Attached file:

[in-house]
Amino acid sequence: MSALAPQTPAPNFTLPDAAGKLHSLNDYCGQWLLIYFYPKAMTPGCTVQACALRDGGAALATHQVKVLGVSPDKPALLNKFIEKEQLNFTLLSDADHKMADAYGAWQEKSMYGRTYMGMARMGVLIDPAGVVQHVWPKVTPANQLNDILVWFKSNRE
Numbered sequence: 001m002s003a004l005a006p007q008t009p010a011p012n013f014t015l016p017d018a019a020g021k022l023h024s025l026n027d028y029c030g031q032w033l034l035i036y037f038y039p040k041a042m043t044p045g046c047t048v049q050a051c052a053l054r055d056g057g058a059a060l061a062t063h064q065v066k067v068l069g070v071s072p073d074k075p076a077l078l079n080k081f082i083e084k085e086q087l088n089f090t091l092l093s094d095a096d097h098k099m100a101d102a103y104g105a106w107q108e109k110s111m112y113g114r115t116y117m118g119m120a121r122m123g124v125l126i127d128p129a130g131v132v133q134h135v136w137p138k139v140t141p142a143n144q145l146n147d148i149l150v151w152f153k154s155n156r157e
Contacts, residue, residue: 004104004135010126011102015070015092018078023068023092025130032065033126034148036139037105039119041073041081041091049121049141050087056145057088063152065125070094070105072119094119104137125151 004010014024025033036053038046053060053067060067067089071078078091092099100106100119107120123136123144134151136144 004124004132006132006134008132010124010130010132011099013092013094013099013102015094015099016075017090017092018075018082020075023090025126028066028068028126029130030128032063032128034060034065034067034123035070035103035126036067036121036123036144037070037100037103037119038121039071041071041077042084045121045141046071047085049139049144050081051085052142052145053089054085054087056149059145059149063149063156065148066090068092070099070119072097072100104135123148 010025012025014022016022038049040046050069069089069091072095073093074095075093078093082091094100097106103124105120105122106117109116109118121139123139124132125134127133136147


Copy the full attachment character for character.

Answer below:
[in-house]
Amino acid sequence: MSALAPQTPAPNFTLPDAAGKLHSLNDYCGQWLLIYFYPKAMTPGCTVQACALRDGGAALATHQVKVLGVSPDKPALLNKFIEKEQLNFTLLSDADHKMADAYGAWQEKSMYGRTYMGMARMGVLIDPAGVVQHVWPKVTPANQLNDILVWFKSNRE
Numbered sequence: 001m002s003a004l005a006p007q008t009p010a011p012n013f014t015l016p017d018a019a020g021k022l023h024s025l026n027d028y029c030g031q032w033l034l035i036y037f038y039p040k041a042m043t044p045g046c047t048v049q050a051c052a053l054r055d056g057g058a059a060l061a062t063h064q065v066k067v068l069g070v071s072p073d074k075p076a077l078l079n080k081f082i083e084k085e086q087l088n089f090t091l092l093s094d095a096d097h098k099m100a101d102a103y104g105a106w107q108e109k110s111m112y113g114r115t116y117m118g119m120a121r122m123g124v125l126i127d128p129a130g131v132v133q134h135v136w137p138k139v140t141p142a143n144q145l146n147d148i149l150v151w152f153k154s155n156r157e
Contacts, residue, residue: 004104004135010126011102015070015092018078023068023092025130032065033126034148036139037105039119041073041081041091049121049141050087056145057088063152065125070094070105072119094119104137125151 004010014024025033036053038046053060053067060067067089071078078091092099100106100119107120123136123144134151136144 004124004132006132006134008132010124010130010132011099013092013094013099013102015094015099016075017090017092018075018082020075023090025126028066028068028126029130030128032063032128034060034065034067034123035070035103035126036067036121036123036144037070037100037103037119038121039071041071041077042084045121045141046071047085049139049144050081051085052142052145053089054085054087056149059145059149063149063156065148066090068092070099070119072097072100104135123148 010025012025014022016022038049040046050069069089069091072095073093074095075093078093082091094100097106103124105120105122106117109116109118121139123139124132125134127133136147